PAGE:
What ‘The Jinx’ Gets Right About Our Desire for Closure

Wade —  April 6, 2015 —  Comments


I won’t spoil the end of The Jinx here—if by some chance you haven’t already read reports of the much lauded HBO documentary series—but I think it’s safe to say that the finale provided the seemingly “definitive” conclusion we all pined for in Serial. The last episode plays more like a suspense thriller than an open-ended study of the American justice system. The Jinx possesses a clear beginning, middle, and, most importantly, powerful resolution. Not that an open-ended plot can’t have a “conclusion,” but there’s a certain amount of satisfaction attached to having all the answers handed to you before the credits roll (though “all” is certainly up for debate here).

The Jinx offers us a chance to revel in this primitive longing for closure. It sweeps us away in the euphoria of a microscopic eschaton—feelings that are at once ancient, universal, and, I believe, quite spiritual.

Even as The Jinx explores the nature of truth, it also revels in the satisfaction that comes when the unknowable suddenly bursts into the present.The full title for Andrew Jarecki’s six-episode series is The Jinx: The Life and Deaths of Robert Durst. Deaths in the plural, of course, referring not to Durst, but to individuals near Durst. You see, millionaire Robert Durst is either a psychotic madman or the biggest jinx the world has ever known. The son of a wealthy real estate tycoon, Durst’s life is shrouded in mystery. His wife, best friend, and next-door neighbor have all either gone missing or turned up dead—the neighbor’s body found cut up and floating in the Gulf of Mexico.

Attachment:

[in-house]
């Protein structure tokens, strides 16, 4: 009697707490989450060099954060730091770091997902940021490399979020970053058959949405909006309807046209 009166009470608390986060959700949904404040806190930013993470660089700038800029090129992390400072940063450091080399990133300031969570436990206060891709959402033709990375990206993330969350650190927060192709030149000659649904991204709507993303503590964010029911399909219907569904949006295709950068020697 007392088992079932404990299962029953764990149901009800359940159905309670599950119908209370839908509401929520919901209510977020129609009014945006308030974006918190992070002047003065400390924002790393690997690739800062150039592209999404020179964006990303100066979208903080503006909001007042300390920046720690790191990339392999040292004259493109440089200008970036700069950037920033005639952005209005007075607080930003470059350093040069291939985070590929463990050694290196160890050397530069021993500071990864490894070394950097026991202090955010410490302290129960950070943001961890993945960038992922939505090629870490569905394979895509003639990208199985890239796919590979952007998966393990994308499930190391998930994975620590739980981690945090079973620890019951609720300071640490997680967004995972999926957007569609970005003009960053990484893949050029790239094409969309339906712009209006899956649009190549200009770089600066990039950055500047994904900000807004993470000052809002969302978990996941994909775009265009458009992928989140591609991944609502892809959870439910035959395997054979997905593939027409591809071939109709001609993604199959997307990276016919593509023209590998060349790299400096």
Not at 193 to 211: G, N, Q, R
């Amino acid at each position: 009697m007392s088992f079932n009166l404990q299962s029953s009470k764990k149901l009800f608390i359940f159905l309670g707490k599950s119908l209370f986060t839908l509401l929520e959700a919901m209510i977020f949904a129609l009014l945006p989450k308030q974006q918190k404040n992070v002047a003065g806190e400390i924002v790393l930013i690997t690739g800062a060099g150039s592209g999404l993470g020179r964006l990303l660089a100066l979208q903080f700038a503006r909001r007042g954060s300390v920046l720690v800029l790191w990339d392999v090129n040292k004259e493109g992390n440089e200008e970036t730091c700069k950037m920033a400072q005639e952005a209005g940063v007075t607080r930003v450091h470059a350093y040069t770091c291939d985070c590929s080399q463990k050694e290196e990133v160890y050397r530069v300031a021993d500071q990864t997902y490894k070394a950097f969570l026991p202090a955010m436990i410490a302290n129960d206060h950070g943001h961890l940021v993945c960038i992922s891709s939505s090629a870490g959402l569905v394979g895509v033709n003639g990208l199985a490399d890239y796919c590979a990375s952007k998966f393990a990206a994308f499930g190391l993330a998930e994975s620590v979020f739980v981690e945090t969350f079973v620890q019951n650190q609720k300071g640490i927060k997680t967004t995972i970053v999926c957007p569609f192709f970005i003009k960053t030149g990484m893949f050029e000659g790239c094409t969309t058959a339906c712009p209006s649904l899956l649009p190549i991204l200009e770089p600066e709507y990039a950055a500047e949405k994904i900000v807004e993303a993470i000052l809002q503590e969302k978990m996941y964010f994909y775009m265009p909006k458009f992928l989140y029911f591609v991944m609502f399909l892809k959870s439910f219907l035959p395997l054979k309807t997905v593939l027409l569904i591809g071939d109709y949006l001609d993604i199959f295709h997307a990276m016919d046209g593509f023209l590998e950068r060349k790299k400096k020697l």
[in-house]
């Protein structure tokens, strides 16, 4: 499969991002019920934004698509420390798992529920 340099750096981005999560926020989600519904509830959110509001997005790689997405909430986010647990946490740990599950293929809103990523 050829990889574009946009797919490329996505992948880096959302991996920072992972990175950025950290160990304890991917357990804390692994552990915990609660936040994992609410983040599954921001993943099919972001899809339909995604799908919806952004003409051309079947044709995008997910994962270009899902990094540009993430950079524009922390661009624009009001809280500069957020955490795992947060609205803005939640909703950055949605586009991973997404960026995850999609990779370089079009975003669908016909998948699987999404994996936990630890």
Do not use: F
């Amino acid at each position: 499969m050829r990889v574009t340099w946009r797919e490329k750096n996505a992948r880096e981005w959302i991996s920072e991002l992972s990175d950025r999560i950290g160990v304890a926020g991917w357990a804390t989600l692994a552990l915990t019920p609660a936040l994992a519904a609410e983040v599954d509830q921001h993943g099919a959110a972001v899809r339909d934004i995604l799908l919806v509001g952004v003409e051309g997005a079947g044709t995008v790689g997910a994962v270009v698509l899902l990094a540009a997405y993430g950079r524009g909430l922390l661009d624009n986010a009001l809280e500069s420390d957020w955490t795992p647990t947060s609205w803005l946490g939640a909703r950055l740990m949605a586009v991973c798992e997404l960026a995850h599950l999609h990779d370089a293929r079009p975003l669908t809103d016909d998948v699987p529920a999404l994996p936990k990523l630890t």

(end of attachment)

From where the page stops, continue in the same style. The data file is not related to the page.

With unprecedented access to Durst, Jarecki slowly investigates the mystery, probing each scenario to answer the decades-old question: “Does Robert Durst deserve to be locked up?” The first few episodes of The Jinx serve as infotainment of sorts to Durst’s depravity (or bad luck). Just when the audience is led to believe the situation couldn’t get any more mangled, the plot adds a “But wait, there’s more!” line to the narrative. Halfway through, viewers will likely find themselves in one of two categories: Durst is either a remorseless killer or simply some sort of harmless anti-rabbit’s foot.


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